I have been offered the opportunity to buy an unlisted 2 BR co-op in Manhattan for $80,000. It's under a government program that pegs prices to nearby rents, keeping prices artificially low. However, I was told that in a short time the building's debt will be paid off and prices will float to market level, it will no longer be under the government program (HDFC). Nearby listings show co-ops for about $150k. My friend said he got his unit (in this building) appraised when he bought it and it was worth twice what he paid, which matches my research so far. They are only accepting cash offers and buyers need to be earning less than a specified amount. Because the building was mismanaged until recently, monthly co-op fees are $750/month but are expected to go down (so they say) once a few more units are sold. If I get permission from the co-op board to get a roommate, I could easily get $1100 or more a month in rent from my roommate.
I'm trying to figure out if there's anything I'm missing. I'm familiar with co-ops; boards can be a headache and the investment might not appreciate. It's a share in a company, not a deed. This building has about $300k in debt, so that doesn't seem like a huge problem to me.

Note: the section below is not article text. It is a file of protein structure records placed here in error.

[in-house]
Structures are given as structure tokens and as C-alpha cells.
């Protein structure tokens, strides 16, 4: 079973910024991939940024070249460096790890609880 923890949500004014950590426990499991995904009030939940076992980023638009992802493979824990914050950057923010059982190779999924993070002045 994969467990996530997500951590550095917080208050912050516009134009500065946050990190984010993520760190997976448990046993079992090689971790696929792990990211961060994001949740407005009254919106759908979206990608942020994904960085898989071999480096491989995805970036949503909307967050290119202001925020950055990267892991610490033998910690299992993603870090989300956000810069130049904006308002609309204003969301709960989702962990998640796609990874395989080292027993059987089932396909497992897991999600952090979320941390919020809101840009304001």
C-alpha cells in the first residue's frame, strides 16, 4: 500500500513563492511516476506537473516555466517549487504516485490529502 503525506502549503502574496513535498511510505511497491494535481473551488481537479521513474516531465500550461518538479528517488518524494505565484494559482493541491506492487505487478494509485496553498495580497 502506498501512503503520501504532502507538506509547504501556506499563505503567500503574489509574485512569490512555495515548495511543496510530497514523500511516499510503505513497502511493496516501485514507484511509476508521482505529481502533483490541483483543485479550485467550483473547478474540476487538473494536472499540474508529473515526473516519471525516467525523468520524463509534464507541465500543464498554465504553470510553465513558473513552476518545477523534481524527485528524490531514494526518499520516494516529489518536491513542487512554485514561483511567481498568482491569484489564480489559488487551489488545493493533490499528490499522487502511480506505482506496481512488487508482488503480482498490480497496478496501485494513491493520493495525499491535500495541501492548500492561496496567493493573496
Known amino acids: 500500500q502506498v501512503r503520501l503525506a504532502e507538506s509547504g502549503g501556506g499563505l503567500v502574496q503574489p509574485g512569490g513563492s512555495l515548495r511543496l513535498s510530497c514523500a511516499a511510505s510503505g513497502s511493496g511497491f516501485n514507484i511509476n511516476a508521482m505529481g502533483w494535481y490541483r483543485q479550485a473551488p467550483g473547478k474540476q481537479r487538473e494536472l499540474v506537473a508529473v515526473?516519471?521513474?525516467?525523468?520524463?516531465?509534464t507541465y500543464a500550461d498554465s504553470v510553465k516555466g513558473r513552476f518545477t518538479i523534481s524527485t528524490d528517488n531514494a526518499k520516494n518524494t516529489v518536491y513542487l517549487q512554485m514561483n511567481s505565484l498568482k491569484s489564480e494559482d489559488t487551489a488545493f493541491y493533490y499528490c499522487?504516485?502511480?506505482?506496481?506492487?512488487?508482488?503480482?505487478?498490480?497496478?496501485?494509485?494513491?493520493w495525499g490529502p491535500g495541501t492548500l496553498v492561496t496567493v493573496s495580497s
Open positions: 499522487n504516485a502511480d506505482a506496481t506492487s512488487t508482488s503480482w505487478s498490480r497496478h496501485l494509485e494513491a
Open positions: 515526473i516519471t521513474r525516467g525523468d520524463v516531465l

What else should I look into for my due diligence? I've been told a couple factors to look out for, but do you have any thoughts on why this deal might be so cheap other than what I discussed above?
Your biggest concern here would be profit sharing when its time to sell, as well the income restrictions (need to show less that 70K income annually. When you sell its likely you would have to give up to 70% of your profits to the government and the building. Thats why the sales price is low. However if you fit the requirements and intend to live there for a long time I think it can be a great deal.
Did you end up purchasing? I'm looking at these as well but am striking out with my search. It seems like the decent ones are insider deals and referrals.